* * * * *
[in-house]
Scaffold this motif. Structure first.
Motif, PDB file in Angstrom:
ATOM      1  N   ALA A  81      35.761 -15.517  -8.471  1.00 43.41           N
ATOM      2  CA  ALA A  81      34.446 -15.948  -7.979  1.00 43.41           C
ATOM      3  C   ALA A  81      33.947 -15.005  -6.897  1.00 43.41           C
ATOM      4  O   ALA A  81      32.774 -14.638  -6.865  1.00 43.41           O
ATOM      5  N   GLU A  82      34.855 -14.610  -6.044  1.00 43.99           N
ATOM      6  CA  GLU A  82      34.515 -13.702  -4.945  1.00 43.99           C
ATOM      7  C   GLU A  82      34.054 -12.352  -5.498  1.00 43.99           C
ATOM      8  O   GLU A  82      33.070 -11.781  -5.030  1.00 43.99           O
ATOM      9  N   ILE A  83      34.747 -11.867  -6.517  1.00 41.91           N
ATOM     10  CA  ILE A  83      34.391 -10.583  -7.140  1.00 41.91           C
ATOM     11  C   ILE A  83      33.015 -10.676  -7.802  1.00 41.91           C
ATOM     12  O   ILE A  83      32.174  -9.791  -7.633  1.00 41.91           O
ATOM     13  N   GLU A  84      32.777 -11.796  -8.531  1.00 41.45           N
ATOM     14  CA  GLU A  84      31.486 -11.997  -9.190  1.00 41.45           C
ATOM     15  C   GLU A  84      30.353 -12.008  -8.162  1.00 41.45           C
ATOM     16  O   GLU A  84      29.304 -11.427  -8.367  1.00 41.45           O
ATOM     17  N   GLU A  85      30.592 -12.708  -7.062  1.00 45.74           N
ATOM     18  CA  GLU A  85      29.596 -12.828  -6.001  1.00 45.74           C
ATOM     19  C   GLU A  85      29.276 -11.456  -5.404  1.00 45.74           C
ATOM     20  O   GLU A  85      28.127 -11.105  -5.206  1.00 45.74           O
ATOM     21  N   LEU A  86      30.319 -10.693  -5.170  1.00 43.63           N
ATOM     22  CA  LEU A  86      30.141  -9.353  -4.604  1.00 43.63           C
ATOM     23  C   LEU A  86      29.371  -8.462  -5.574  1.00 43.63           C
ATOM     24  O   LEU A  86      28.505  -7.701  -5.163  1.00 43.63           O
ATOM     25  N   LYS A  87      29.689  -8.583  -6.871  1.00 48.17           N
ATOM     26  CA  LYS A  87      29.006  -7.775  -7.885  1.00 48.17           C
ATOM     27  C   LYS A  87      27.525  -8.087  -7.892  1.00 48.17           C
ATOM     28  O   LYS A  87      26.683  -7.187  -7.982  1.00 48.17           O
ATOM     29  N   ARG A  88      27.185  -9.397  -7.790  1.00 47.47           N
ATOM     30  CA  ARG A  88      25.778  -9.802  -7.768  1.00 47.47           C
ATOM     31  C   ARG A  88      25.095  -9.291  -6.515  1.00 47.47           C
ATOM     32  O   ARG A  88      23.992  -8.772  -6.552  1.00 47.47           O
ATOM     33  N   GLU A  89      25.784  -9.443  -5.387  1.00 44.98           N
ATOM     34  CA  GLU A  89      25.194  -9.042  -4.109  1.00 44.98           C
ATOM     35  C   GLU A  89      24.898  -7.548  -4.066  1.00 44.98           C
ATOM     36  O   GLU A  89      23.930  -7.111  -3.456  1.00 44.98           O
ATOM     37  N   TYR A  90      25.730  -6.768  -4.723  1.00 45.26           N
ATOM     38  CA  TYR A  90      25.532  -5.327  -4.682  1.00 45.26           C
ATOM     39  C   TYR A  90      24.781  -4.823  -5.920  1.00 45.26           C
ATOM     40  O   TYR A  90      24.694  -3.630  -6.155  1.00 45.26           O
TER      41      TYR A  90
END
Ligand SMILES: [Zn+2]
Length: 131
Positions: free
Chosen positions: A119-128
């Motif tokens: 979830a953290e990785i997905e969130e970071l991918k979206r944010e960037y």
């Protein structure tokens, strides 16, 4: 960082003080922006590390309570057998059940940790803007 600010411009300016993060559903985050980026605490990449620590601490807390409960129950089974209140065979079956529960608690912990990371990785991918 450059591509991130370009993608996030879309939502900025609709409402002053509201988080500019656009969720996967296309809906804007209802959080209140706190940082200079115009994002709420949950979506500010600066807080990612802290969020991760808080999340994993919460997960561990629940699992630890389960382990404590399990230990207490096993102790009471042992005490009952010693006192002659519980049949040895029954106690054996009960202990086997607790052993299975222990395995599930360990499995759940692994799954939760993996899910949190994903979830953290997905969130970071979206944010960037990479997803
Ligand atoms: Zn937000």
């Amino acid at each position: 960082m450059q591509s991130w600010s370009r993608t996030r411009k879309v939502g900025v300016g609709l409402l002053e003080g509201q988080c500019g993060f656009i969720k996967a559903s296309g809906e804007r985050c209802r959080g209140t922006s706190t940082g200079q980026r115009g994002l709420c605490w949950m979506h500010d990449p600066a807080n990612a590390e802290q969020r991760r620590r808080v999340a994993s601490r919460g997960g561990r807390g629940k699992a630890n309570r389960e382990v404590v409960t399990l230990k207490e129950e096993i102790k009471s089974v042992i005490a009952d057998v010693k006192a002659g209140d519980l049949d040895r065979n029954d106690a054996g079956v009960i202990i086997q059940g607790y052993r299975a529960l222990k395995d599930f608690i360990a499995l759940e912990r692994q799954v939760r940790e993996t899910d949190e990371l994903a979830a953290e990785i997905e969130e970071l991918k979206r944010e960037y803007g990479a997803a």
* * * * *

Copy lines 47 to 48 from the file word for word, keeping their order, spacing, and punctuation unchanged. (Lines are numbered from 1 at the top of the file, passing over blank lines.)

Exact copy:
Length: 131
Positions: free